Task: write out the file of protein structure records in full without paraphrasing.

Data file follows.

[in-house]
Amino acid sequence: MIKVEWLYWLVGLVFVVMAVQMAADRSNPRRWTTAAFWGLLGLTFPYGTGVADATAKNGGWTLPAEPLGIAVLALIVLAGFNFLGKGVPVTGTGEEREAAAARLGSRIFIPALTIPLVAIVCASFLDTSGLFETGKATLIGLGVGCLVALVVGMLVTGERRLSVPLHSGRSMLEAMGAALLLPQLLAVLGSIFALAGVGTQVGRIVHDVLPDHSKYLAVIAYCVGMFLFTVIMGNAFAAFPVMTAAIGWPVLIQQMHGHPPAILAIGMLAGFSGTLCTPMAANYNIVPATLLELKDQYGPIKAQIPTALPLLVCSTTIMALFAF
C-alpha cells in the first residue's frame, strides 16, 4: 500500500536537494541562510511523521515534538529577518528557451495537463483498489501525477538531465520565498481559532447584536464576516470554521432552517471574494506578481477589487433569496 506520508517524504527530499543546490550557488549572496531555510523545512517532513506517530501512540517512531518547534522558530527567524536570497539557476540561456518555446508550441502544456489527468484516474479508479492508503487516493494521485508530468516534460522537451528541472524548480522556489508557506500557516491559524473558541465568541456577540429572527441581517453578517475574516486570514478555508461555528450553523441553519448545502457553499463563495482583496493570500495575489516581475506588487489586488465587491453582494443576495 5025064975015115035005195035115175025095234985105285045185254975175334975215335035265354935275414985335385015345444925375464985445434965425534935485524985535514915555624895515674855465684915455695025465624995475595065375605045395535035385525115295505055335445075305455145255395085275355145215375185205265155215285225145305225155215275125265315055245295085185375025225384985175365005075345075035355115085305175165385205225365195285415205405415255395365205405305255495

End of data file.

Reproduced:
[in-house]
Amino acid sequence: MIKVEWLYWLVGLVFVVMAVQMAADRSNPRRWTTAAFWGLLGLTFPYGTGVADATAKNGGWTLPAEPLGIAVLALIVLAGFNFLGKGVPVTGTGEEREAAAARLGSRIFIPALTIPLVAIVCASFLDTSGLFETGKATLIGLGVGCLVALVVGMLVTGERRLSVPLHSGRSMLEAMGAALLLPQLLAVLGSIFALAGVGTQVGRIVHDVLPDHSKYLAVIAYCVGMFLFTVIMGNAFAAFPVMTAAIGWPVLIQQMHGHPPAILAIGMLAGFSGTLCTPMAANYNIVPATLLELKDQYGPIKAQIPTALPLLVCSTTIMALFAF
C-alpha cells in the first residue's frame, strides 16, 4: 500500500536537494541562510511523521515534538529577518528557451495537463483498489501525477538531465520565498481559532447584536464576516470554521432552517471574494506578481477589487433569496 506520508517524504527530499543546490550557488549572496531555510523545512517532513506517530501512540517512531518547534522558530527567524536570497539557476540561456518555446508550441502544456489527468484516474479508479492508503487516493494521485508530468516534460522537451528541472524548480522556489508557506500557516491559524473558541465568541456577540429572527441581517453578517475574516486570514478555508461555528450553523441553519448545502457553499463563495482583496493570500495575489516581475506588487489586488465587491453582494443576495 5025064975015115035005195035115175025095234985105285045185254975175334975215335035265354935275414985335385015345444925375464985445434965425534935485524985535514915555624895515674855465684915455695025465624995475595065375605045395535035385525115295505055335445075305455145255395085275355145215375185205265155215285225145305225155215275125265315055245295085185375025225384985175365005075345075035355115085305175165385205225365195285415205405415255395365205405305255495